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8 Resolutions for Improving your Salesforce Org

By 01.30.20
Reading time: 4 minutes

Now that we’re nearly a month into 2020 and most of our personal resolutions are out the window (really, why did I think this would be the year to successfully eat fewer sweets?), it’s time to start thinking about your resolutions for improving your Salesforce org if you haven’t already. 

Just like our own promises to get into shape or make better financial decisions, we also need to commit to being Awesome Admins and maintaining the health of our Salesforce org. As I plan out 2020 for our own instance of Salesforce, here are things I am thinking about:

1. Audit license mix

Let’s start with our financial goals! Even if you are not up for renewal this year, it is always good to start the year looking at your Salesforce license mix and thinking about how you might tweak things to better support the business. Does everyone with a full license need that or can you consider platform licenses? If you have a customer community, do you license by user or by logins per month? Are people still using the functionality provided by [FILL IN THE BLANK] user license or can that be swapped for something else? These adjustments help you and your company maximize your investment in Salesforce. Once you have a sense of what you’re using, what you’re not using, and what you could use more of, have a chat with your Salesforce AE so you can come up with a strategic plan for your license mix.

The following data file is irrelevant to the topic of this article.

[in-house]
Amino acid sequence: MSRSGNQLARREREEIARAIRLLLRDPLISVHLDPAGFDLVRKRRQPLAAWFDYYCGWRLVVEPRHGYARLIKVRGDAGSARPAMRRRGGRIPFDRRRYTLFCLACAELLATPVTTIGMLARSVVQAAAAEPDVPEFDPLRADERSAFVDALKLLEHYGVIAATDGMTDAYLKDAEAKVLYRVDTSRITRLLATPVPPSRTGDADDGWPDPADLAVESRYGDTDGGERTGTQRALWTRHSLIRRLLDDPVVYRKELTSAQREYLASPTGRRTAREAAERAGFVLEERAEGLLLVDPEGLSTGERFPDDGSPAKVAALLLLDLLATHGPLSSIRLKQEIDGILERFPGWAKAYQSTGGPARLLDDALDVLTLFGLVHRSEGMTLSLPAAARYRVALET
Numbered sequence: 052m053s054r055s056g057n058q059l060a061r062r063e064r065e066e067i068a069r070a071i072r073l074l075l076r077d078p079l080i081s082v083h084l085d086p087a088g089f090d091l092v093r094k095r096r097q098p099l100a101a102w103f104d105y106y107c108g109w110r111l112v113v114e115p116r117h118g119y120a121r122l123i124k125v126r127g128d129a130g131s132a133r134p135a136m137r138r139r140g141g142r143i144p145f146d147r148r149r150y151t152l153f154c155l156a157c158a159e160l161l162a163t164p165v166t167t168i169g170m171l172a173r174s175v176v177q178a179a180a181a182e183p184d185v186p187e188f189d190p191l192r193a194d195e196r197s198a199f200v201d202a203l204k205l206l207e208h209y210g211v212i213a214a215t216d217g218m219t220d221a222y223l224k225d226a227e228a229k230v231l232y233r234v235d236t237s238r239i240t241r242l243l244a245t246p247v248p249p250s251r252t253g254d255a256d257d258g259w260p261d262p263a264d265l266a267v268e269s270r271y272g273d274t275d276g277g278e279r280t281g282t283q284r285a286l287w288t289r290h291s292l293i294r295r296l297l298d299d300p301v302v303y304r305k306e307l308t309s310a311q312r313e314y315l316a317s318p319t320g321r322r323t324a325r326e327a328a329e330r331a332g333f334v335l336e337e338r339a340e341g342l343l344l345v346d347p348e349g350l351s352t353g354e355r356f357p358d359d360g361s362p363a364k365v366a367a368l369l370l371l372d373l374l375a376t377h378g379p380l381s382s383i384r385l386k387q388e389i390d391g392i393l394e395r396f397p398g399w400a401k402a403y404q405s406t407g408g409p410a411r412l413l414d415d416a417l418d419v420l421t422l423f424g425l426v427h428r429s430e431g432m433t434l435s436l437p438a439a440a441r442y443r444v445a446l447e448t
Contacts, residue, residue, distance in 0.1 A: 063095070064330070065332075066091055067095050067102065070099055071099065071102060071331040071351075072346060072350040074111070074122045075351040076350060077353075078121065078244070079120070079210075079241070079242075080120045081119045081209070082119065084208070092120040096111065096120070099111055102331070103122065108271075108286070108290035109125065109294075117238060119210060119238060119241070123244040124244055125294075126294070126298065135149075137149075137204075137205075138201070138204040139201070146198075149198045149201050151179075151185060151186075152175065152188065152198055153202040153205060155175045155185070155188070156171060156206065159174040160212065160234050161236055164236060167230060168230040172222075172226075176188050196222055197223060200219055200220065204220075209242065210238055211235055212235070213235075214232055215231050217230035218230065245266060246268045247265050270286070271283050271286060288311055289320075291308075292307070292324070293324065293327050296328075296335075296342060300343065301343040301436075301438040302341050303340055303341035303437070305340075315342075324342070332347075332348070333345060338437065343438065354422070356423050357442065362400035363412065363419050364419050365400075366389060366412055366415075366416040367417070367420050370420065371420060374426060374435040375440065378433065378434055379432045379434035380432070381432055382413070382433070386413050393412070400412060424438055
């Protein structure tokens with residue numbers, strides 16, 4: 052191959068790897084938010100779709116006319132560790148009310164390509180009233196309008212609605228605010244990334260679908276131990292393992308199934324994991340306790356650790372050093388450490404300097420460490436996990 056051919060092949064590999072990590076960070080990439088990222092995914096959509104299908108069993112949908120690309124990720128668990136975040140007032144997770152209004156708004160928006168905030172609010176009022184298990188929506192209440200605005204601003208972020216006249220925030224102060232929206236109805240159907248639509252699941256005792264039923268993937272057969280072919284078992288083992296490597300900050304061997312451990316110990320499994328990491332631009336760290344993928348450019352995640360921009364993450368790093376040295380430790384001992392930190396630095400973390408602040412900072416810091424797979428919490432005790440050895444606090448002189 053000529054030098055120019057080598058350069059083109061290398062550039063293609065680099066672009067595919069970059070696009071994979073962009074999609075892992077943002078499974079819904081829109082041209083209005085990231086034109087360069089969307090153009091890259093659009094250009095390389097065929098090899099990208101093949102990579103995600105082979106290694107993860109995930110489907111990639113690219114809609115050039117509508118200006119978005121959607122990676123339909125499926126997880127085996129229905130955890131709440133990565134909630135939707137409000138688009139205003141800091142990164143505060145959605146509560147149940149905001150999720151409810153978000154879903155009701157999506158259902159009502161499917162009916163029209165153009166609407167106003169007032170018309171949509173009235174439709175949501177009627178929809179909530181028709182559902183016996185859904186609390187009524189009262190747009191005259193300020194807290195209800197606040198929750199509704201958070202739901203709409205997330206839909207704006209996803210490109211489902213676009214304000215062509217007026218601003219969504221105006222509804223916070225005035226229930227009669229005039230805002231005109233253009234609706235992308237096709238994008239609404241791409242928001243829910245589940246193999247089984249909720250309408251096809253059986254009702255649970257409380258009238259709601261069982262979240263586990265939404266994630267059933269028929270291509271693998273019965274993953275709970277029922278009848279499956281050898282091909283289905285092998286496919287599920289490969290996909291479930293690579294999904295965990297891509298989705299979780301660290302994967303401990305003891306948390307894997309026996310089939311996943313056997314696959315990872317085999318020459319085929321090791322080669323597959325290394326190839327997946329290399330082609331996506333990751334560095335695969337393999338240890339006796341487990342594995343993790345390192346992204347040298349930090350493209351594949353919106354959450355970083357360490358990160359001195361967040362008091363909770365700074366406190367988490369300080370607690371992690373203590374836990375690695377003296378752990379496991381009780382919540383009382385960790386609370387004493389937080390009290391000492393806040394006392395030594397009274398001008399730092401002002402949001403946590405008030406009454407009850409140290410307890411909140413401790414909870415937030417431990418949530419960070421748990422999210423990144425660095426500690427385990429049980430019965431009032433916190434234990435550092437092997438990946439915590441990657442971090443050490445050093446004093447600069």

2. Migrate to Lightning (if you haven’t already!)

If your resolution is to procrastinate less, then let 2020 be the year you embrace Lightning! Salesforce is no longer adding new Classic features, and we know it is only a matter of time until Classic is turned off completely. If you have been putting off the migration (and I know, it is daunting!), then this should be the year to plan your approach and start the migration. Alternatively, if you are like Silverline and have it enabled for everyone but still let people work in Classic if they prefer, start a plan for completely disabling Classic (you read it here first, my Classic-loving-colleagues). Between taking advantage of new functionality and not having to administer two user experiences, Lightning is the way forward this decade.

3. Review assignment of profiles, roles, and permission sets

Who doesn’t love a good security audit? Unfortunately, to keep your org in top shape it has to be done at least annually. Between profiles, roles, and permission sets, there are a lot of levers you can adjust to help give people the access they need. However, just as you need to stick to that resolution to keep your closets and drawers better organized, you need to comb through these security controls to make sure people still have the right access that they need. This is just as much about making sure the profiles, roles, and permission sets do what you expect as making sure Joe Smith has the right ones based on his current role. 

4. Field usage